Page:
such as decision time, information search, cognitive preoccupation, and memorial
recall in response to jealousy-inducing scenarios and stimuli. Schutzwohl and Koch
(2004) used an entirely new method that has never been used in jealousy research.
They had participants who were currently romantically dating listen to a story about
their own romantic relationship in which an infidelity was said to have occurred.
Embedded within the story were five cues that had been previously determined to
be cues highly diagnostic of sexual infidelity (e.g., He suddenly has difficulty
becoming sexually aroused when you and he want to have sex) and five cues highly
diagnostic of emotional infidelity (e.g., He doesn't respond any more when you tell
him that you love him). In a surprise memorial recall test a week later, men more
than women spontaneously remembered more cues to sexual infidelity (42 percent
versus 24 percent), whereas women more than men remembered more cues to
emotional infidelity (40 percent versus 29 percent). These findings support the
hypothesis that sex differences in jealousy are quite real and cannot be dismissed as
an "experimental artifact" (Schutzwohl & Koch, 2004).
PSYCHOLOGICAL TOPICS 22 (2013), 2, 155-182
170
Collectively, the studies by Schutzwohl and his colleagues show that men
more than women showed faster decision time, greater information search, more
cognitive preoccupation, and better memorial recall of the sexual aspects of
infidelity stimuli and scenarios. Women, in contrast, showed faster decision time,
more intense information search, greater cognitive preoccupation, and better
memorial recall of the emotional aspects of infidelity stimuli and scenarios. In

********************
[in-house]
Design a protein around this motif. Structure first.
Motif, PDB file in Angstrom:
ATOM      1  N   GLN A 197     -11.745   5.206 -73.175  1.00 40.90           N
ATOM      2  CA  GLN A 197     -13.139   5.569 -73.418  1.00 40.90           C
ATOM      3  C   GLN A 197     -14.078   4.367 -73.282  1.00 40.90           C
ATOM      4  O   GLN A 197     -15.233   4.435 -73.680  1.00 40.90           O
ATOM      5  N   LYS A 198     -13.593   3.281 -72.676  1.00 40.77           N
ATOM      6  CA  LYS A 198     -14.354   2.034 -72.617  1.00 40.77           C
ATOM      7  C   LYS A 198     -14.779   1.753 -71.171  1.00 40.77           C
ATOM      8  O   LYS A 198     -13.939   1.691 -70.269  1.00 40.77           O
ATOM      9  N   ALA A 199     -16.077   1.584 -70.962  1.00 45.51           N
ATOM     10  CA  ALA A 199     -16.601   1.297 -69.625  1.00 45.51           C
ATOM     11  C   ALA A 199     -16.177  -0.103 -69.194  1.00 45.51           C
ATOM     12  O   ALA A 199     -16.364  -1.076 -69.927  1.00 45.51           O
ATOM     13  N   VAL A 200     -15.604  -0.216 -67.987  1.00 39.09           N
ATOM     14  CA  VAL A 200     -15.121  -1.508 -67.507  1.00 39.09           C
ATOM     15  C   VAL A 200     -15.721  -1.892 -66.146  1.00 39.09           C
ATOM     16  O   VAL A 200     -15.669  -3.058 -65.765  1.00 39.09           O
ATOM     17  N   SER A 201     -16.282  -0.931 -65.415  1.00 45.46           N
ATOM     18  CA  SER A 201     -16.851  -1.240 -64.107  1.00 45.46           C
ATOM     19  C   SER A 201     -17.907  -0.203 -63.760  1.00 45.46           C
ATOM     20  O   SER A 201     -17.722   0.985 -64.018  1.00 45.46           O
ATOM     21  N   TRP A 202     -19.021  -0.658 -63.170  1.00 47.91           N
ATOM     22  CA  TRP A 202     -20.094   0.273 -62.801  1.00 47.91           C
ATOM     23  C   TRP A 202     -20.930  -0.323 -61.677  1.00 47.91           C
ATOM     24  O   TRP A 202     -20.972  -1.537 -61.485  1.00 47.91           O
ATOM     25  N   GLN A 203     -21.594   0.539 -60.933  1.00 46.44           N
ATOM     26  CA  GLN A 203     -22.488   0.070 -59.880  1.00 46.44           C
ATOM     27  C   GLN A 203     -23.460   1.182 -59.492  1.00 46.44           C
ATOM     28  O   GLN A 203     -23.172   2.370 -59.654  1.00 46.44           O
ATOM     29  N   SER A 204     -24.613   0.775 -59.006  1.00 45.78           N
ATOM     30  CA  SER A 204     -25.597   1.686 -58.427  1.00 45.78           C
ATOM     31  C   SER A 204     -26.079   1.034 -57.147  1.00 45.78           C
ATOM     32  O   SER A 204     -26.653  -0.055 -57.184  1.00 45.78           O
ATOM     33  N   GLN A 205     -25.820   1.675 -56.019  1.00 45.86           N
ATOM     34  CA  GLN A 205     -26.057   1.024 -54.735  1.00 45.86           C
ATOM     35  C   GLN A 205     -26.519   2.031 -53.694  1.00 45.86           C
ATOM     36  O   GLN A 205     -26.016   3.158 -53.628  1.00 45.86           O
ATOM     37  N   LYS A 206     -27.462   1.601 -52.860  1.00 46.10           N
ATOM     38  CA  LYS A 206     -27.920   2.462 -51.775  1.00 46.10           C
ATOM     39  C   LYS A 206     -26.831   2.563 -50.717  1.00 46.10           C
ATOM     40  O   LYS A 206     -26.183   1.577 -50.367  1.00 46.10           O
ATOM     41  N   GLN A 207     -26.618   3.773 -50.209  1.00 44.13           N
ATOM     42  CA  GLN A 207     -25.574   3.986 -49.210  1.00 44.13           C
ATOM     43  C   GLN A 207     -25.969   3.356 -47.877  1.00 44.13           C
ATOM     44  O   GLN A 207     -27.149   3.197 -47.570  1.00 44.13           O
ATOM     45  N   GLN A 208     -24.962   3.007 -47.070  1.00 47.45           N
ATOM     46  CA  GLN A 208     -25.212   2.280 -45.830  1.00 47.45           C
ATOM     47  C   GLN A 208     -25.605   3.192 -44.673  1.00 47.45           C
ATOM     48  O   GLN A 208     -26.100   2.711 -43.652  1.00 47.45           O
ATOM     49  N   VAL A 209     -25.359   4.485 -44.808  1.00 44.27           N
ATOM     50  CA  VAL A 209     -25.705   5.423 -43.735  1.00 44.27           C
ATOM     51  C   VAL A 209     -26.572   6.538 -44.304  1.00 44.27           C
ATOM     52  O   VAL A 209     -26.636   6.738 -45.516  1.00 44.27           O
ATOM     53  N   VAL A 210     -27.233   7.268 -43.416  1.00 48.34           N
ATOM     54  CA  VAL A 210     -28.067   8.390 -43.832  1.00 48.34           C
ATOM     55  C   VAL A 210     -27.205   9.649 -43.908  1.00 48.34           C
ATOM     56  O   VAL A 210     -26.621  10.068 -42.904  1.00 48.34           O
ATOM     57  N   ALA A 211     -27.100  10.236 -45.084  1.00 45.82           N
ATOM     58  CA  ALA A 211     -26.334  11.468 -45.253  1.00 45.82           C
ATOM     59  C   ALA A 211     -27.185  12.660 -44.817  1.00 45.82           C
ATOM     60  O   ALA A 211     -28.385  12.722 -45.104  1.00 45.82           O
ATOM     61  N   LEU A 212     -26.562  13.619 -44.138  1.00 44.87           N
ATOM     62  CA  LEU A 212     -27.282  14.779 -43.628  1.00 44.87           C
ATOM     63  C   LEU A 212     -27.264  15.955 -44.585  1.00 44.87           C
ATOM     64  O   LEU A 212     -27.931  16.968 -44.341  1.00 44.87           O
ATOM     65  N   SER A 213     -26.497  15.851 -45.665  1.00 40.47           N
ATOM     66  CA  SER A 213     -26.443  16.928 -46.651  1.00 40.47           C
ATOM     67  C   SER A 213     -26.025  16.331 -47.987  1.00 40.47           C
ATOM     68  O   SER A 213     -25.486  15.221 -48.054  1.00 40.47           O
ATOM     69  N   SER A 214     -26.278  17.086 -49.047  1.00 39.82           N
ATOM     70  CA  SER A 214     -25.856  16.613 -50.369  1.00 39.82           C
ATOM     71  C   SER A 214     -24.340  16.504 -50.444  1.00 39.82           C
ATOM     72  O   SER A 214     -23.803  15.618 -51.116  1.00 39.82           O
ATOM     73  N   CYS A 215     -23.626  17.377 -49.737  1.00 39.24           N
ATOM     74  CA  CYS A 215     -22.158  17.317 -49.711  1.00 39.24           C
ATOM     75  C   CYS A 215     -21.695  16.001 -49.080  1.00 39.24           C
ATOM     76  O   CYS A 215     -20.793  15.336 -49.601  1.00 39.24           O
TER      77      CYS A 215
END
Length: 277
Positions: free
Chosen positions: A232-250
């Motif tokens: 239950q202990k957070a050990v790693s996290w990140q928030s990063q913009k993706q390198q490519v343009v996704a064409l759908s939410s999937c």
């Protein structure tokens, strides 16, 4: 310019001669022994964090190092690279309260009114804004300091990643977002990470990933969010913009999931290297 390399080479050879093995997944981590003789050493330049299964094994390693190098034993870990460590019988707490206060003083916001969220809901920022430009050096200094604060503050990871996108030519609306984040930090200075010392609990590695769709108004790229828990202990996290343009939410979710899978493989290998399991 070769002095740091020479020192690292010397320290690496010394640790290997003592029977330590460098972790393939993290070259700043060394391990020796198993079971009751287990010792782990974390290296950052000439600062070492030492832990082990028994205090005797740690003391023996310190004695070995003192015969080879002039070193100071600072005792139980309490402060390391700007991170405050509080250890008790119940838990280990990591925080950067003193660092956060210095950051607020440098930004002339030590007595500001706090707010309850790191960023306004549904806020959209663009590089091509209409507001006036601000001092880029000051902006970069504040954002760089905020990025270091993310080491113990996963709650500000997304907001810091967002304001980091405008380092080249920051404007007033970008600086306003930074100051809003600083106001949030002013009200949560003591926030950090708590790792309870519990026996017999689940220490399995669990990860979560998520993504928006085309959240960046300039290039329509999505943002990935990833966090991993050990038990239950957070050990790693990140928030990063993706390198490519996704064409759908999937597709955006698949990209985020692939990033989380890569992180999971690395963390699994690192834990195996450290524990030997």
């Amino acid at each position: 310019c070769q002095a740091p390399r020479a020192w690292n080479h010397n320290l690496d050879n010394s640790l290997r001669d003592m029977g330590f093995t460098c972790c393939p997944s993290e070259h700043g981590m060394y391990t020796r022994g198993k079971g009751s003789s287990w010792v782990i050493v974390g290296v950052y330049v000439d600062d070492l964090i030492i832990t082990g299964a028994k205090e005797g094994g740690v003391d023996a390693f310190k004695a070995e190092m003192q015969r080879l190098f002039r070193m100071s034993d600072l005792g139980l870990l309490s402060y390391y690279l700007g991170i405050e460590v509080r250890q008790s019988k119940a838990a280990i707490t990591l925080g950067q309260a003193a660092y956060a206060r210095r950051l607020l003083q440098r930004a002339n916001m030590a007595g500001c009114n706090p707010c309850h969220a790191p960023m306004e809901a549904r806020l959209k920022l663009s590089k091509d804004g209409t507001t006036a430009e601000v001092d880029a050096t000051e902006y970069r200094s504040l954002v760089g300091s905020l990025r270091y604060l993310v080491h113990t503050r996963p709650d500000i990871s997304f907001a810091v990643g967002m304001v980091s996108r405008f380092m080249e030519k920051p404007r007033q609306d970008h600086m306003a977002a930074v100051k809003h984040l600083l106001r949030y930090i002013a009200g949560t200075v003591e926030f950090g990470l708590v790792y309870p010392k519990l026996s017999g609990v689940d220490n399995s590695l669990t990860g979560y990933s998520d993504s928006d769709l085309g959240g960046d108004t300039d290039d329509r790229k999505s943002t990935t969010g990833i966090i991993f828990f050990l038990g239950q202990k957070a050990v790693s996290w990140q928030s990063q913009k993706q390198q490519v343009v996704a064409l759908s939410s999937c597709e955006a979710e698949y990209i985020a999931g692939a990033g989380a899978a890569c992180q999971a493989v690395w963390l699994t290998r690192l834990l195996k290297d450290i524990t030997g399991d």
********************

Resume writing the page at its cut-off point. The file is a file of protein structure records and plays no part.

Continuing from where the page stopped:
short, the psychological design of sexual jealousy does not merely consist of
affective components; it also includes the ways in which women and men perceive,
search, encode, and remember information about the details of a partner's infidelity.
Characteristics of mating rivals. A partner's potential and actual infidelities
constitute key threats to a valued romantic relationship. Another key threat comes
from intrasexual rivals. Abundant evidence suggests that mate poaching is a
common human mating strategy (Schmitt & Buss, 2001; Schmitt et al., 2004).
Although sometimes seen as morally repugnant, mate poaching has an evolutionary
logic in that many desirable potential mates are already in existing romantic
relationships. Indeed, in many or most traditional cultures, most post-pubescent
females are married (Symons, 1979). Given a mildly polygynous mating system
characteristic of humans, most cultures contain a pool of unmated bachelors and a
more limited pool of unmated females, creating a great incentive for mate
poaching. Mate poaching by rivals can have the goal of a short-term sexual